First seen on Broadway in 1968, the year before the Stonewall Riots, THE BOYS IN THE BAND shocked audiences when it was first released for its openness about gay life.
It’s Harold’s birthday and Michael is throwing him a party, full of his closest friends, for a night of fun, cocktails and lasagne. Donald, Michael’s boyfriend is there alongside Bernard, Larry, Hank and the life and soul of the party, Emory. Emory has arranged a little present of his own for Howard, in the shape of a half naked Cowboy who arrives at the door with a birthday card around his wrist, entitling Howard to spend the whole evening with him. But when Michael’s old friend Alan (from his ‘straight’ days) arrives unexpectedly, the boys are repressed into acting like heterosexuals (which for some is easier than others). As the drinks and conversation flow, it soon becomes clear the unexpected guest has landed himself in an awkward situation and as with all good comedies, things take a turn for the worst. And if there is one thing the gays love, it’s a good slanging match.
The cast here are fantastic. Daniel Boys (Donald), Jack Derges (Cowboy), Greg Lockett (Bernard), Ben Mansfield (Larry) and Nathan Nolan (Hank) all give stellar performances in this show which really is an ensemble piece where everyone has their individual character and chance to shine on stage. John Hopkins, as Alan, the unexpected party guest, really lets rip and turns the play on its head, which was predictable but well done. TV star Mark Gatiss (alongside real life husband Ian Hallard as Michael) plays birthday boy Harold well, despite only making his entrance at the end of the first act. It is undoubtedly Miranda TV star James Holmes who gives the stand out performance as the unapologetically camp Emory and theoretically covers himself in glitter, loving every moment.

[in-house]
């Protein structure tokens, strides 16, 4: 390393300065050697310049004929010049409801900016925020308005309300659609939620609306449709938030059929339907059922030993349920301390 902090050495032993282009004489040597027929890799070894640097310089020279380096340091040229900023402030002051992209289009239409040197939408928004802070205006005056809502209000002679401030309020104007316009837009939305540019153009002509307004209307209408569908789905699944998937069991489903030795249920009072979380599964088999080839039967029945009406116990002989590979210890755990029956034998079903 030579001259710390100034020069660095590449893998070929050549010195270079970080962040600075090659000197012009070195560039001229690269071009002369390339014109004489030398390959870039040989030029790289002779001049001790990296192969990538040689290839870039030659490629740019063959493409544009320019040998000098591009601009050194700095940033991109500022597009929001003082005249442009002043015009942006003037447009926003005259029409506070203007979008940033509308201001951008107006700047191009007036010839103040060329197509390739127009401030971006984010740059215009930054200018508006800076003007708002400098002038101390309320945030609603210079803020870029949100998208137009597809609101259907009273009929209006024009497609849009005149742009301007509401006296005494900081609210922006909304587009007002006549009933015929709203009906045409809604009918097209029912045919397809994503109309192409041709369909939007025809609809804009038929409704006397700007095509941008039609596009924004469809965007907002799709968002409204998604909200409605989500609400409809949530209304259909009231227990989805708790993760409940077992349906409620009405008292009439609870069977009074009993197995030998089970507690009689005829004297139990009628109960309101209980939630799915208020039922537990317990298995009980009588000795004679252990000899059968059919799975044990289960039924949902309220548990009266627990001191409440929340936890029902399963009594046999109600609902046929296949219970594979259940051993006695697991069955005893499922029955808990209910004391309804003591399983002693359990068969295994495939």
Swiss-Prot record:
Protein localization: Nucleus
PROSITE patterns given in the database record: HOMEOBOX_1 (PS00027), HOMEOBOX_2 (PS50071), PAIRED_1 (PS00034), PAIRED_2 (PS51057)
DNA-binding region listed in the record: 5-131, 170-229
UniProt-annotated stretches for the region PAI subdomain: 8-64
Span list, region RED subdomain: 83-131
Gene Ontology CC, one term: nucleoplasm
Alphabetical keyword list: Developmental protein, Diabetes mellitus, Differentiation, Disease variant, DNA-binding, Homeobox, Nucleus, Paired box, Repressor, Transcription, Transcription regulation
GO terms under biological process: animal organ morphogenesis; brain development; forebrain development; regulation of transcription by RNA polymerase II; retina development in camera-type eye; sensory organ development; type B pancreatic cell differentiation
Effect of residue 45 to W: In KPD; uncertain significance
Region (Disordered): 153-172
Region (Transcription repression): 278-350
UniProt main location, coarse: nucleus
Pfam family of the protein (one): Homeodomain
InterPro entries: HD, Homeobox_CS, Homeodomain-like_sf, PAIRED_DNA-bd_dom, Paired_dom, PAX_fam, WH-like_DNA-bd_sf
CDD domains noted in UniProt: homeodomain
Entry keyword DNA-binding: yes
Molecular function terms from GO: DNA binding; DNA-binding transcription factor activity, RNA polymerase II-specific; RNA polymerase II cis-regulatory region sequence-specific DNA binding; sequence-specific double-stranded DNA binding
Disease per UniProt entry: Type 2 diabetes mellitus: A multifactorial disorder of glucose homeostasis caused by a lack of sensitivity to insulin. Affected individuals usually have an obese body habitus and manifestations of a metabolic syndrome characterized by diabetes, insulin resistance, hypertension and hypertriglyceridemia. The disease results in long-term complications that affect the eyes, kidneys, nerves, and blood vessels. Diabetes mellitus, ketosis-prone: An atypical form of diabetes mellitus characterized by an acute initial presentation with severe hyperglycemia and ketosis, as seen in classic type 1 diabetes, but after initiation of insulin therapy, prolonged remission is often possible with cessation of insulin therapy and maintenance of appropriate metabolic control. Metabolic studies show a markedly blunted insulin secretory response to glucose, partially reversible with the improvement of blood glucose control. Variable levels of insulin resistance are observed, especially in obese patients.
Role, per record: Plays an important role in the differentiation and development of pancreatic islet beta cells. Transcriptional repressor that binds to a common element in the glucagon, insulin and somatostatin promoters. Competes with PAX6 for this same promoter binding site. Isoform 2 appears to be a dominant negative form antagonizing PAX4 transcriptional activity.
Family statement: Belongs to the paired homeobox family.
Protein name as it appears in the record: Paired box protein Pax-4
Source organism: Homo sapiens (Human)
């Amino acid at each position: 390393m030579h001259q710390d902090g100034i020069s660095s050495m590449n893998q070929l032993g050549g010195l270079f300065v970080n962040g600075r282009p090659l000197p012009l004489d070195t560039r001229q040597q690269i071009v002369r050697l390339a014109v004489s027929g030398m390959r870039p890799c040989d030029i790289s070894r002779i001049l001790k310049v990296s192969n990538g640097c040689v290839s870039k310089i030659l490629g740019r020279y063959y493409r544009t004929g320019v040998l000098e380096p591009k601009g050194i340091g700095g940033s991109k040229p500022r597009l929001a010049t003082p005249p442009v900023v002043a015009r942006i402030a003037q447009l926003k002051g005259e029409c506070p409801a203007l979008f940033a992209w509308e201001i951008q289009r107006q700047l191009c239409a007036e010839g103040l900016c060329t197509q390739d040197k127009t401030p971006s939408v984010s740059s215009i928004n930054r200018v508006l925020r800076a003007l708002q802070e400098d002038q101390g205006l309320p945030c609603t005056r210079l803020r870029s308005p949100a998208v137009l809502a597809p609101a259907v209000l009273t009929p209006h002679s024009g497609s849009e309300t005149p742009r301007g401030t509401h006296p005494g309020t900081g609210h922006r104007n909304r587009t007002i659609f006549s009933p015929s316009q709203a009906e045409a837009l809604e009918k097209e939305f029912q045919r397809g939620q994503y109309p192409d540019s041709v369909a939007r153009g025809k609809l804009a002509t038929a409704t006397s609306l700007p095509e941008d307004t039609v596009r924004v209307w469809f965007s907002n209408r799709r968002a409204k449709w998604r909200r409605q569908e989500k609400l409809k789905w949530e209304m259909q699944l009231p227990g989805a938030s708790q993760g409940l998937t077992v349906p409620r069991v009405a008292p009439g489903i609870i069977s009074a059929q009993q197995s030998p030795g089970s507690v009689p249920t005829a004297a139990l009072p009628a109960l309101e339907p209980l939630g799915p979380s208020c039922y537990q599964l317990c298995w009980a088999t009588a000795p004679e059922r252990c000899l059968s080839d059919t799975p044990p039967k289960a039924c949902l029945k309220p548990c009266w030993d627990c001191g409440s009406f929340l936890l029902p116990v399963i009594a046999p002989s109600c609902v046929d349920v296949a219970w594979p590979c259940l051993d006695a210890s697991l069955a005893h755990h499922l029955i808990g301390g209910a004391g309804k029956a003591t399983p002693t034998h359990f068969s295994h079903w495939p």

THE BOYS IN THE BAND is incredibly funny from the very beginning and manages to maintain the humour throughout the play. The set design is wonderful, with gay icons like Judy Garland lit up in picture frames above the living room. The cast are brilliant and the writing has stood the test of time and is still as relevant as it was nearly fifty years ago.
The run is almost sold out at the Park Theatre but if you can get a ticket you must go. This is one comedy that really has everything a show needs. Sheer brilliance.
Reviewed by West End Wilma
Photo: Darren Bell
THE BOYS IN THE BAND plays at the Park Theatre until 30 October 2016